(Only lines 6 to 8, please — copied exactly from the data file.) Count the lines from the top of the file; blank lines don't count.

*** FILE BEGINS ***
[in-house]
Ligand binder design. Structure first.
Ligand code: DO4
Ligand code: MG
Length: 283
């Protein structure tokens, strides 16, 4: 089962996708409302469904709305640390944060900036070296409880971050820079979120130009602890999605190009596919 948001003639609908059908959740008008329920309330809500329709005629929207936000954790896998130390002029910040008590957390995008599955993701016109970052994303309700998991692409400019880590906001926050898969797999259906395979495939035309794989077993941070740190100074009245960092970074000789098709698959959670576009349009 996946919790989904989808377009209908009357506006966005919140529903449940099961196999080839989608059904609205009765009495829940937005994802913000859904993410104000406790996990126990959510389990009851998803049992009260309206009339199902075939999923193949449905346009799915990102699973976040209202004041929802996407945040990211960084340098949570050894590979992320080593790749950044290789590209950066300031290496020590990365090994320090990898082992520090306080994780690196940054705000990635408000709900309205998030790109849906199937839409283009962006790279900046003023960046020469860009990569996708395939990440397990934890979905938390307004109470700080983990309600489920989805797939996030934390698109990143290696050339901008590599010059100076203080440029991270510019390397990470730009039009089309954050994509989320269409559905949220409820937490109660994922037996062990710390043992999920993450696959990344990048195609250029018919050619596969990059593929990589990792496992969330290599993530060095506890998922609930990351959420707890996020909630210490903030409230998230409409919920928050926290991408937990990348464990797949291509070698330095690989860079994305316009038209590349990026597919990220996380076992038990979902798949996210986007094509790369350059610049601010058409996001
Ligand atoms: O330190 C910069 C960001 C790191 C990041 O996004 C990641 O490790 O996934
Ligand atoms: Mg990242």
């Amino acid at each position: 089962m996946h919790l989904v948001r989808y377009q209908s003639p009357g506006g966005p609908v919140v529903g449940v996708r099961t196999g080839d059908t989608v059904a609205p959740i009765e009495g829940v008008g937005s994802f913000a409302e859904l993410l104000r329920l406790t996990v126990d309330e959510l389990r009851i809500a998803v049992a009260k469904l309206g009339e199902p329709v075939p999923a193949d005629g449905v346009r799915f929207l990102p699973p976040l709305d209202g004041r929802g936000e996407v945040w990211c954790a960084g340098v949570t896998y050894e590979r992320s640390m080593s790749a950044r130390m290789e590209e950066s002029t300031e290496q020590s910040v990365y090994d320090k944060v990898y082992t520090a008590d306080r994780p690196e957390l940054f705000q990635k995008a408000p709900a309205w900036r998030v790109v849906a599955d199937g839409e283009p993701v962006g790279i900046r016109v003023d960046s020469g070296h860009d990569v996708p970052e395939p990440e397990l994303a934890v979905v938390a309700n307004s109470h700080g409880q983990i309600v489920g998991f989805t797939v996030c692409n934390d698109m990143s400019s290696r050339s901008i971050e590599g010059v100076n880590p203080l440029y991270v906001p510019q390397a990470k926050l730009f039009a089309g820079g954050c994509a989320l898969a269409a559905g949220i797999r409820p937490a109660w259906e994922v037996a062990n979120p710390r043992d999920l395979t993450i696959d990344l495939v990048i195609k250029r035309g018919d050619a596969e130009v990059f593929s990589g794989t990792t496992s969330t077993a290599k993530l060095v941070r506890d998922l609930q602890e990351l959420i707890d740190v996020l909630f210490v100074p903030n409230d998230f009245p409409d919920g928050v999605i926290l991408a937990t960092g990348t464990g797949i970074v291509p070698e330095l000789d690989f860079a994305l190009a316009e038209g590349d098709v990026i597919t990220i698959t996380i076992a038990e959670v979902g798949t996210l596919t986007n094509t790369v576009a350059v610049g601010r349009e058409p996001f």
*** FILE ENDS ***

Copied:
């Protein structure tokens, strides 16, 4: 089962996708409302469904709305640390944060900036070296409880971050820079979120130009602890999605190009596919 948001003639609908059908959740008008329920309330809500329709005629929207936000954790896998130390002029910040008590957390995008599955993701016109970052994303309700998991692409400019880590906001926050898969797999259906395979495939035309794989077993941070740190100074009245960092970074000789098709698959959670576009349009 996946919790989904989808377009209908009357506006966005919140529903449940099961196999080839989608059904609205009765009495829940937005994802913000859904993410104000406790996990126990959510389990009851998803049992009260309206009339199902075939999923193949449905346009799915990102699973976040209202004041929802996407945040990211960084340098949570050894590979992320080593790749950044290789590209950066300031290496020590990365090994320090990898082992520090306080994780690196940054705000990635408000709900309205998030790109849906199937839409283009962006790279900046003023960046020469860009990569996708395939990440397990934890979905938390307004109470700080983990309600489920989805797939996030934390698109990143290696050339901008590599010059100076203080440029991270510019390397990470730009039009089309954050994509989320269409559905949220409820937490109660994922037996062990710390043992999920993450696959990344990048195609250029018919050619596969990059593929990589990792496992969330290599993530060095506890998922609930990351959420707890996020909630210490903030409230998230409409919920928050926290991408937990990348464990797949291509070698330095690989860079994305316009038209590349990026597919990220996380076992038990979902798949996210986007094509790369350059610049601010058409996001
Ligand atoms: O330190 C910069 C960001 C790191 C990041 O996004 C990641 O490790 O996934
Ligand atoms: Mg990242």